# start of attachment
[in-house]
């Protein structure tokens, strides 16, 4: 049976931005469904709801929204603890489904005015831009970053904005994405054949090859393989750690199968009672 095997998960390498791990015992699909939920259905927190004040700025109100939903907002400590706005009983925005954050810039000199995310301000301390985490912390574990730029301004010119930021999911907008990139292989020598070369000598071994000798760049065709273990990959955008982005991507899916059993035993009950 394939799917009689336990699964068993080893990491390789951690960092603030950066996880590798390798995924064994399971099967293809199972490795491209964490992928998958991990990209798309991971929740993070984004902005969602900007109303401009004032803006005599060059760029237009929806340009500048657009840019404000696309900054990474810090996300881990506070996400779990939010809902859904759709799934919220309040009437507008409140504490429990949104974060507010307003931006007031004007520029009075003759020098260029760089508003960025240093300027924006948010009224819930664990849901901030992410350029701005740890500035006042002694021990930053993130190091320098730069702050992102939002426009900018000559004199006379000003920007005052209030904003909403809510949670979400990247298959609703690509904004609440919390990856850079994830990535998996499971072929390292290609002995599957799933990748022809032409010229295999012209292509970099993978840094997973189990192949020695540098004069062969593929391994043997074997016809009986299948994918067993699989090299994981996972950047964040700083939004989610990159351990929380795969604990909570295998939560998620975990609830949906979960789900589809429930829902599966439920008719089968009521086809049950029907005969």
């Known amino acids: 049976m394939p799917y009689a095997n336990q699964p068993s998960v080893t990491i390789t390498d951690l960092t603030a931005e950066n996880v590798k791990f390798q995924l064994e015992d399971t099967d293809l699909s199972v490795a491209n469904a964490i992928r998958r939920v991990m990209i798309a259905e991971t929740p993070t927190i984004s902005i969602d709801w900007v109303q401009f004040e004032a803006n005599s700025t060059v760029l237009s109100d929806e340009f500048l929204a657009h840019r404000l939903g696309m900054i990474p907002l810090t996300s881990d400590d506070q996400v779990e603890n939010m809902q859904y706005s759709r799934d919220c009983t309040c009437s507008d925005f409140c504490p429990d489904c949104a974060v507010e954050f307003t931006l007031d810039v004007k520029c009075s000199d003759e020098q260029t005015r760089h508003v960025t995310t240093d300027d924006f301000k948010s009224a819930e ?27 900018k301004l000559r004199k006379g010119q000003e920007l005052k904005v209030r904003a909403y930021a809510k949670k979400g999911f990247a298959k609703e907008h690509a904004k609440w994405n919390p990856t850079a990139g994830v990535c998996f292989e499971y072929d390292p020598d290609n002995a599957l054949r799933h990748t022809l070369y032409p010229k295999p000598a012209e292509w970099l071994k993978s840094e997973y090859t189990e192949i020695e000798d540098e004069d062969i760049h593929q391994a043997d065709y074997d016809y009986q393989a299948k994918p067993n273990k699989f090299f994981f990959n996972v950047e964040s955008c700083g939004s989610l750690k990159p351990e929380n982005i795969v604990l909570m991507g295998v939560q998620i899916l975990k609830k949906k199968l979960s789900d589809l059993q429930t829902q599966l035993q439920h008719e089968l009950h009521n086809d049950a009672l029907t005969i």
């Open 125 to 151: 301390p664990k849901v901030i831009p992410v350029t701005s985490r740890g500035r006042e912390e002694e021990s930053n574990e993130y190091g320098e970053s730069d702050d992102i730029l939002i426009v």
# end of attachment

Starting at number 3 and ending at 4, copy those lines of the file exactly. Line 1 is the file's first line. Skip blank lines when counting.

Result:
């Known amino acids: 049976m394939p799917y009689a095997n336990q699964p068993s998960v080893t990491i390789t390498d951690l960092t603030a931005e950066n996880v590798k791990f390798q995924l064994e015992d399971t099967d293809l699909s199972v490795a491209n469904a964490i992928r998958r939920v991990m990209i798309a259905e991971t929740p993070t927190i984004s902005i969602d709801w900007v109303q401009f004040e004032a803006n005599s700025t060059v760029l237009s109100d929806e340009f500048l929204a657009h840019r404000l939903g696309m900054i990474p907002l810090t996300s881990d400590d506070q996400v779990e603890n939010m809902q859904y706005s759709r799934d919220c009983t309040c009437s507008d925005f409140c504490p429990d489904c949104a974060v507010e954050f307003t931006l007031d810039v004007k520029c009075s000199d003759e020098q260029t005015r760089h508003v960025t995310t240093d300027d924006f301000k948010s009224a819930e ?27 900018k301004l000559r004199k006379g010119q000003e920007l005052k904005v209030r904003a909403y930021a809510k949670k979400g999911f990247a298959k609703e907008h690509a904004k609440w994405n919390p990856t850079a990139g994830v990535c998996f292989e499971y072929d390292p020598d290609n002995a599957l054949r799933h990748t022809l070369y032409p010229k295999p000598a012209e292509w970099l071994k993978s840094e997973y090859t189990e192949i020695e000798d540098e004069d062969i760049h593929q391994a043997d065709y074997d016809y009986q393989a299948k994918p067993n273990k699989f090299f994981f990959n996972v950047e964040s955008c700083g939004s989610l750690k990159p351990e929380n982005i795969v604990l909570m991507g295998v939560q998620i899916l975990k609830k949906k199968l979960s789900d589809l059993q429930t829902q599966l035993q439920h008719e089968l009950h009521n086809d049950a009672l029907t005969i």
């Open 125 to 151: 301390p664990k849901v901030i831009p992410v350029t701005s985490r740890g500035r006042e912390e002694e021990s930053n574990e993130y190091g320098e970053s730069d702050d992102i730029l939002i426009v």